Lethal Weapon 4
Reviewed by Chris Edwards
Rating: 4 Beans
he original "Lethal Weapon" ended with a brawl, a bruising, bone-breaking punch-up that ranks up there with the best American movie fights. "Lethal Weapon 4" ends with...a group hug. A big, multi-generational, multi-ethnic, "Cosby Show"-style group hug, all smiles.
Not too many successful movie series milk the franchise for four installments, and when they do, the results are seldom pleasing. The "IV" after the title is usually reserved for low-budget slasher series or movies about ninjas, kickboxers, or kickboxing ninjas. "Lethal Weapon 4" joins that elite company, and it is definitely a case of one trip too many to the well.
The slow metamorposis of the "Lethal Weapon" concept from adult action to buddy comedy comes to completion with this latest outing. Martin Riggs (Mel Gibson, phoning it in), once a suicidal cop who could snap into irrational and glorious mayhem at any second is reduced to a lovable madcap with a penchant for mild mischief. And Roger Murtaugh (Danny Glover) once a solidly drawn and believable husband, father and cop, is whittled down to a clown figure, doing double takes and slow burns and getting involved in "Three's Company" style hijinx. And if, like me, you thought Joe Pesci's character was an anything but welcome addition to the proceedings in "Weapon"s 2 and 3, you'll be pained to learn he's back, assuring that you can't take the convoluted plot seriously.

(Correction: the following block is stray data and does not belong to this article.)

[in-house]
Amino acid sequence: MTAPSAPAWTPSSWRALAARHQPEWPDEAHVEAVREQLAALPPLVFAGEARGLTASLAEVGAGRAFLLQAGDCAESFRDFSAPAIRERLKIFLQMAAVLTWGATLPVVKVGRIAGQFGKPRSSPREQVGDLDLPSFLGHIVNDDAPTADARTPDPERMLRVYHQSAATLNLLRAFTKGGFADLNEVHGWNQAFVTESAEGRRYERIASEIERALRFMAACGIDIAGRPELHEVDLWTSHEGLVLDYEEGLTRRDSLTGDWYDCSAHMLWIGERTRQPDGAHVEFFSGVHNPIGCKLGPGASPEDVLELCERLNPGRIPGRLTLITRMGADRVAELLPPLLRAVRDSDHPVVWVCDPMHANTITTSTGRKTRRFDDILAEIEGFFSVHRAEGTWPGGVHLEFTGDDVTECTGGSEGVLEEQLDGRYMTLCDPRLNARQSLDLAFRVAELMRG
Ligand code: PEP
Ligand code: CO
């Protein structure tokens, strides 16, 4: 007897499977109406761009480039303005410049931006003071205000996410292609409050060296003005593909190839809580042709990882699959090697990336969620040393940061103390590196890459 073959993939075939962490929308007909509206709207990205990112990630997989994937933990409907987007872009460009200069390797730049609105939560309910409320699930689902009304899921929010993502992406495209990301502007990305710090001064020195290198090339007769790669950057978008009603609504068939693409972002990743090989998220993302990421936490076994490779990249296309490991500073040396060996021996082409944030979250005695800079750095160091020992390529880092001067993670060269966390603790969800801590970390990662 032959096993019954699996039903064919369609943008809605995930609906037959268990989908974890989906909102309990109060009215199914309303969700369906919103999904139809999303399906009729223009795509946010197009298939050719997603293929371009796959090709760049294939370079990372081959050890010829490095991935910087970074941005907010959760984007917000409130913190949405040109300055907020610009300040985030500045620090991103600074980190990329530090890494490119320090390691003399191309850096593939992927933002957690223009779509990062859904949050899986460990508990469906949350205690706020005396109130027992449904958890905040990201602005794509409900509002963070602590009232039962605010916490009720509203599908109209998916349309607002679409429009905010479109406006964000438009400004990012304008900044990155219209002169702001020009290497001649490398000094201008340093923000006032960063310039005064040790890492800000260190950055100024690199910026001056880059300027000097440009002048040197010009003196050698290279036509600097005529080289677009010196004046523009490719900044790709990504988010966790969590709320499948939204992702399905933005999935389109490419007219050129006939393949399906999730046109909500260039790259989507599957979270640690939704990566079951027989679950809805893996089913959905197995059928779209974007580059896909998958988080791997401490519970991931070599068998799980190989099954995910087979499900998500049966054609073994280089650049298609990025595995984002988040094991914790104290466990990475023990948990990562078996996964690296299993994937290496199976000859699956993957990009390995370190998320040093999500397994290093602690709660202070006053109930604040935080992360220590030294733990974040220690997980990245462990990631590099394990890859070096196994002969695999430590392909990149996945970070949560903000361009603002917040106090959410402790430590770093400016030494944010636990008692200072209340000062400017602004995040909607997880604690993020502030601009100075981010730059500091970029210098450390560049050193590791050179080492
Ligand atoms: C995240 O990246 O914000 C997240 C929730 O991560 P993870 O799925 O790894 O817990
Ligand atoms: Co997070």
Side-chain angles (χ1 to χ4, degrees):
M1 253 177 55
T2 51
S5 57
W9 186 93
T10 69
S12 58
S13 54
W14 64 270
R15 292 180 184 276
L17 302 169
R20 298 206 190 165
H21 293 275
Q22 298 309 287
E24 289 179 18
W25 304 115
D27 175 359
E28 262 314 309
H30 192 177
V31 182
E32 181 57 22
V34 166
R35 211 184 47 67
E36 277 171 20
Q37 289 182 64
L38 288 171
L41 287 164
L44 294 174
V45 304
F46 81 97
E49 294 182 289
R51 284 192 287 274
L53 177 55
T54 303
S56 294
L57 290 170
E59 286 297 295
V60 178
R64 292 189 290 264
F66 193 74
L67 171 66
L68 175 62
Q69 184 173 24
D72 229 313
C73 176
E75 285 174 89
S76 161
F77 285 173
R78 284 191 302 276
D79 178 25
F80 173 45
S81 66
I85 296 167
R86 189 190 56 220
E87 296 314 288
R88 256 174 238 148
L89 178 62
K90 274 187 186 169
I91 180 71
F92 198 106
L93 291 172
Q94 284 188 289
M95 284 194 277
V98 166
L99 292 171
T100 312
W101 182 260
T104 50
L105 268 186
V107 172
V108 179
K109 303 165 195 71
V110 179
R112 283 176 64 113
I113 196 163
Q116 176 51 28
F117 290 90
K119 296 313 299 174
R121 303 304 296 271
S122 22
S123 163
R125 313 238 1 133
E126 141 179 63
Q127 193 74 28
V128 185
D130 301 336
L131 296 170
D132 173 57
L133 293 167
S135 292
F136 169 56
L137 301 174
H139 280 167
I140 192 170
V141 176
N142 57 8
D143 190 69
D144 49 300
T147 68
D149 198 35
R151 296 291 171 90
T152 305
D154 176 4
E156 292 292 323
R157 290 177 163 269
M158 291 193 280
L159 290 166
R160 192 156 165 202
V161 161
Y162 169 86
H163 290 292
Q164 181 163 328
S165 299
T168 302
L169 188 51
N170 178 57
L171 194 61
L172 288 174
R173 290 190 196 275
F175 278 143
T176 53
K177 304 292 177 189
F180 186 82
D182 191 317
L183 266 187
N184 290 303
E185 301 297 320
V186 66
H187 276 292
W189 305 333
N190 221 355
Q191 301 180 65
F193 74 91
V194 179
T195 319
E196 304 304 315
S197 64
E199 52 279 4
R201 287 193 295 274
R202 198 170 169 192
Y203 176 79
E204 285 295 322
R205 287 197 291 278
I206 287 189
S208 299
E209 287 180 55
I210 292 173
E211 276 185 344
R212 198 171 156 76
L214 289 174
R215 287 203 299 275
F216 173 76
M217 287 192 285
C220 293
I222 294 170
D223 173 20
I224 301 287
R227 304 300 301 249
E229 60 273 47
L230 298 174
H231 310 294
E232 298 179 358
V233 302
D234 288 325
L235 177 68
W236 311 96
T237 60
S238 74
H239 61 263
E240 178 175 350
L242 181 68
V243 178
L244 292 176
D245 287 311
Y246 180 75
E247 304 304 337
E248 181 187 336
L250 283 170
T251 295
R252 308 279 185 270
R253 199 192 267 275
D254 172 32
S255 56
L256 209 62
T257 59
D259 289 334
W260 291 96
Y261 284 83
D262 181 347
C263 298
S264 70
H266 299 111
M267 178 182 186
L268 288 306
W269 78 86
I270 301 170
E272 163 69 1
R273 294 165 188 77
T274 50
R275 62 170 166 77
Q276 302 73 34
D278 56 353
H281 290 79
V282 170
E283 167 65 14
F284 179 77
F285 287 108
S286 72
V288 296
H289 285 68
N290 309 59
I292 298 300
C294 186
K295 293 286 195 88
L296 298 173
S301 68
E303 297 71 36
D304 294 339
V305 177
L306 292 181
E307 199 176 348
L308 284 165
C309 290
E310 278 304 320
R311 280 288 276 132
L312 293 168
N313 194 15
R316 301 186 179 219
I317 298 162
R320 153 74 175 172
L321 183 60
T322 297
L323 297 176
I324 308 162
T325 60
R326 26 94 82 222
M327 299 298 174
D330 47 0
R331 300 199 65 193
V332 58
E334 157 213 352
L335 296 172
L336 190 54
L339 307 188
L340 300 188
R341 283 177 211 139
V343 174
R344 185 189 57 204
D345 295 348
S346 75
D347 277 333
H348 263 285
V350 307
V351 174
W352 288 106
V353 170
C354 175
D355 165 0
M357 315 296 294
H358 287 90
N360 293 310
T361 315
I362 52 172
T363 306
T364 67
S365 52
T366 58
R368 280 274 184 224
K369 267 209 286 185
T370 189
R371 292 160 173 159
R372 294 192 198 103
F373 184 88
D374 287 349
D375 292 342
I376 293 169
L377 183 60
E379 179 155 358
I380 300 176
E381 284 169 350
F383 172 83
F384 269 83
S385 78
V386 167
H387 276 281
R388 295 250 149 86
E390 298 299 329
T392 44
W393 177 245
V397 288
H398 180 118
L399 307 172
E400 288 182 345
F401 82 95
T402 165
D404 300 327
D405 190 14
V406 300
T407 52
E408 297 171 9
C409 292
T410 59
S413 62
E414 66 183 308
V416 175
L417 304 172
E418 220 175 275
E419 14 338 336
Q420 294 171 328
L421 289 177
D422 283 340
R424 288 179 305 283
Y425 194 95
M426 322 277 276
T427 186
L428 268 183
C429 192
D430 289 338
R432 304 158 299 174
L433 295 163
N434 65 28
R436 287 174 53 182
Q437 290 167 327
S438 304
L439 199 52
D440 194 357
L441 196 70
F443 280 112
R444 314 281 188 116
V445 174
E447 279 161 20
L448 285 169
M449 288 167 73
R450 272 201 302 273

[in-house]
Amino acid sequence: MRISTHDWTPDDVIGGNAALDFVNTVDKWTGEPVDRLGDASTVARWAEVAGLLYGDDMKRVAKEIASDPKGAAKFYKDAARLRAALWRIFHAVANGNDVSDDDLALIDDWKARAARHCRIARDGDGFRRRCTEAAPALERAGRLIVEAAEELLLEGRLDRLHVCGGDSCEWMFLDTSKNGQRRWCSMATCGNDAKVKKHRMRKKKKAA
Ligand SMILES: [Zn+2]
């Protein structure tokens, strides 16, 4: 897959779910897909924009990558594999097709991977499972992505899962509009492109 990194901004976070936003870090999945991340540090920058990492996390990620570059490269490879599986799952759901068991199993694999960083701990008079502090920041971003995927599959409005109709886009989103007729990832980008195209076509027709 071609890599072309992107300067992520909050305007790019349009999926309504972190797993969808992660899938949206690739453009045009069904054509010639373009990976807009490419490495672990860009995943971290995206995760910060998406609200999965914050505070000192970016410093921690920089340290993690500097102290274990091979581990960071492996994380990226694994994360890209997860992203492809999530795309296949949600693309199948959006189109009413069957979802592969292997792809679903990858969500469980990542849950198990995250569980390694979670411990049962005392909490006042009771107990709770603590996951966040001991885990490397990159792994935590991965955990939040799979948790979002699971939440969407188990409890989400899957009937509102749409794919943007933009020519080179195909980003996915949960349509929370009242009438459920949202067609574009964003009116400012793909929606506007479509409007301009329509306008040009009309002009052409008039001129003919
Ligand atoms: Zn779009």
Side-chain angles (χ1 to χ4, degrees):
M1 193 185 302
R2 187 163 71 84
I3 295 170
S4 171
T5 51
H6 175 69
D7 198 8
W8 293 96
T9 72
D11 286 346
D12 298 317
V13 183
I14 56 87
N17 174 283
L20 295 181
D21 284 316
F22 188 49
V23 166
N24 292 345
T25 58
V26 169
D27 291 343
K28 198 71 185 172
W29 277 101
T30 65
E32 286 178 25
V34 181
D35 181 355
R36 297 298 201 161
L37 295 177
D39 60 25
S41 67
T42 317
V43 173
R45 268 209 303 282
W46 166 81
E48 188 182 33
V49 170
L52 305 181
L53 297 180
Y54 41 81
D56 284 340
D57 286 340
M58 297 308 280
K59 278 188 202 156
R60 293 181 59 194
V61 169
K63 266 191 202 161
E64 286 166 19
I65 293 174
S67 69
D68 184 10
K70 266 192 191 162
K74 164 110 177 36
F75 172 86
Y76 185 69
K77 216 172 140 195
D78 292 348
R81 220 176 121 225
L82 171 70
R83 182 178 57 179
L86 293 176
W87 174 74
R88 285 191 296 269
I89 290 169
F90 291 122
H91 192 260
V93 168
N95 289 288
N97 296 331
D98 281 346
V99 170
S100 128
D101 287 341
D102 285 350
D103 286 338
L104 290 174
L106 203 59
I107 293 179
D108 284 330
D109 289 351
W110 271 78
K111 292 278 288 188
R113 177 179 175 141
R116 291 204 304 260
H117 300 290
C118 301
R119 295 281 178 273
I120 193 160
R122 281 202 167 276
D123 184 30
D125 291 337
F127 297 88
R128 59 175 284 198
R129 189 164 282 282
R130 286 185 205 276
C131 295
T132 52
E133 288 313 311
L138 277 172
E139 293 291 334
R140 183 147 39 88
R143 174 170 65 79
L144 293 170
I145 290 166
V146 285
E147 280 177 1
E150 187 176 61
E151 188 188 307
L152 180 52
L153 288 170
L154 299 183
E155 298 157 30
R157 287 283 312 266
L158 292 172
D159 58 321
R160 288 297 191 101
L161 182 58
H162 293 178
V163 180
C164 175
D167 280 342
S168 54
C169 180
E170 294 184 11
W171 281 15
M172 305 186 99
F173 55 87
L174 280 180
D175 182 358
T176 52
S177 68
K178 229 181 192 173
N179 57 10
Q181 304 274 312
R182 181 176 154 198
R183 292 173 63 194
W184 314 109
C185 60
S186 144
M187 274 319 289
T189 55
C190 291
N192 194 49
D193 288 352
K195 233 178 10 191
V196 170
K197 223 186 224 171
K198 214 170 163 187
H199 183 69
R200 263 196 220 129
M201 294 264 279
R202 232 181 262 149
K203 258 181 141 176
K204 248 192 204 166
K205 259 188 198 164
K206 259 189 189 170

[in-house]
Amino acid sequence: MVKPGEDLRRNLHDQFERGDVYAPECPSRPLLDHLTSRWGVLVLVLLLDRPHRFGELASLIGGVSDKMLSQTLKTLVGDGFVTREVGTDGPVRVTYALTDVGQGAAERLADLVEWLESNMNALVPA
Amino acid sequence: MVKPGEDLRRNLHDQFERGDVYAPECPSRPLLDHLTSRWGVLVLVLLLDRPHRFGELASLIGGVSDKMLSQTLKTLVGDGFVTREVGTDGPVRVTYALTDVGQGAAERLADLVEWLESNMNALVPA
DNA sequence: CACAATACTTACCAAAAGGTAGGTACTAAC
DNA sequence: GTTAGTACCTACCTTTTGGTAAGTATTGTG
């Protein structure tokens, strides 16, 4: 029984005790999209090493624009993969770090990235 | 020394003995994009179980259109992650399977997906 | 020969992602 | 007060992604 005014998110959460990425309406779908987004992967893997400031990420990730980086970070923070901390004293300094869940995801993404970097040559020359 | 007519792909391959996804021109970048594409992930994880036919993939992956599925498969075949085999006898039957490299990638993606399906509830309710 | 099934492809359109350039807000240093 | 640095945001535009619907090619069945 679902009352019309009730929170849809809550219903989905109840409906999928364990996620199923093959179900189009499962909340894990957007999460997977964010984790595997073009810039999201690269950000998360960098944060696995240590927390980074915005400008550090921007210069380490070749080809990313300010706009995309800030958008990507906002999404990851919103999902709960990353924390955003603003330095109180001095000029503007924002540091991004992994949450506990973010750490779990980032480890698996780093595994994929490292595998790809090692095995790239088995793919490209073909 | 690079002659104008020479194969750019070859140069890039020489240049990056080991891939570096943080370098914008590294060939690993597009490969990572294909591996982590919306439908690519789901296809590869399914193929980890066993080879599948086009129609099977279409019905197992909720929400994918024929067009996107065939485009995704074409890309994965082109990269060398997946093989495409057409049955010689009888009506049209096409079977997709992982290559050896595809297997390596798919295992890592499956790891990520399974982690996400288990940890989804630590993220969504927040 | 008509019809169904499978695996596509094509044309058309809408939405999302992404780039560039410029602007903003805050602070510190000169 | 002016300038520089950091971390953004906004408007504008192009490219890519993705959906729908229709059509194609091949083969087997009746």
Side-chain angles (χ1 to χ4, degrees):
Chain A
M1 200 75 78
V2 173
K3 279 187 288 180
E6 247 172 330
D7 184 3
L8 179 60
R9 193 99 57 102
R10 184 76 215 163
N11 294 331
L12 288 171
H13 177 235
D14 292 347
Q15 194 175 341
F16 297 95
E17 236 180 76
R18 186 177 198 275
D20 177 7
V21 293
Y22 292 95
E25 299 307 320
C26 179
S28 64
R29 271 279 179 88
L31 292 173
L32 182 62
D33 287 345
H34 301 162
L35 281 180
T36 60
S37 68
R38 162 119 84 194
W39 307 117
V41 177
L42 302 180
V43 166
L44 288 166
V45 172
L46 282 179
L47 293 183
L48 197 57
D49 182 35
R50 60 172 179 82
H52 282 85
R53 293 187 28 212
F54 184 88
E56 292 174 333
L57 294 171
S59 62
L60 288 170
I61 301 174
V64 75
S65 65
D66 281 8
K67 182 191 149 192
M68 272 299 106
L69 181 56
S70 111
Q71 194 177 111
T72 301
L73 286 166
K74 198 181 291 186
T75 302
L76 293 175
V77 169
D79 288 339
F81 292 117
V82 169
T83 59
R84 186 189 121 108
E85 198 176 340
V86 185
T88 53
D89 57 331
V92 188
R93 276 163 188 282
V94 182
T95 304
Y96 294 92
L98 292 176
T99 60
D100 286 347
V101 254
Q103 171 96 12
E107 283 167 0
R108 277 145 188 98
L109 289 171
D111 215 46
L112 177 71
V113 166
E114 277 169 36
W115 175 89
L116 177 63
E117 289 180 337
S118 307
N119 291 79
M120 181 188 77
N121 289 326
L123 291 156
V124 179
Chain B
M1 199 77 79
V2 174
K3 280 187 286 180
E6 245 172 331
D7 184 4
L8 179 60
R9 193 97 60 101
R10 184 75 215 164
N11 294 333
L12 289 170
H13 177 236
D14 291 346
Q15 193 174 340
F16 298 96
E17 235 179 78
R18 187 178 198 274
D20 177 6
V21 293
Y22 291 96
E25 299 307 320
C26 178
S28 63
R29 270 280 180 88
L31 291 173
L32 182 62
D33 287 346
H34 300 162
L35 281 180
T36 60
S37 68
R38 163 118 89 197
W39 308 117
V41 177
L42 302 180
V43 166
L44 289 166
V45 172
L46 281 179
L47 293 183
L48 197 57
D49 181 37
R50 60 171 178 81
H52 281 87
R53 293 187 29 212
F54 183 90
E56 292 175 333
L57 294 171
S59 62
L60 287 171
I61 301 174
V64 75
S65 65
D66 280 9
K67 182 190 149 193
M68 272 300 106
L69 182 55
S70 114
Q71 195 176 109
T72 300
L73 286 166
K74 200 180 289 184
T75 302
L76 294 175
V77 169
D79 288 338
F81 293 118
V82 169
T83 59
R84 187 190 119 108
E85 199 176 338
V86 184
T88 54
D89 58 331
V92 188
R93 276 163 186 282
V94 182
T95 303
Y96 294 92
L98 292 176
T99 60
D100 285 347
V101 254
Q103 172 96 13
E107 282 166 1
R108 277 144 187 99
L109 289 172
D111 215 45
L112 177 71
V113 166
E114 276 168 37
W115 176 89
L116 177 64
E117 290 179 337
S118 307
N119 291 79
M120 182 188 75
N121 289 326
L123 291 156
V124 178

Not that the plot matters much. In fact, "Lethal Weapon 4" may be the first movie pieced together from nothing but subplots. The storyline somehow involves triad crime in Chinatown, but it's quickly ditched in favor of cutesy routines and glib remarks-the cops crack wise far more than they crack heads. The action's not bad-a chase here, lots of explosions there, yet another car driven through yet another building, and a highway surfing stunt that must be among the cinema's goofiest set-pieces. Jet Li turns in some fairly impressive moves as a martial arts ace heavy, but any action scenes are diffused by acres of the kind of smug humor normally found only in movies with Burt Reynolds and Dom Deluise in them.
Call it three Beans and one in the chamber for being the one thing an action movie shouldn't be: cute. One thing in its favor-surely this is the first and only movie to show us a pregnant woman beating up a Chinese guy.
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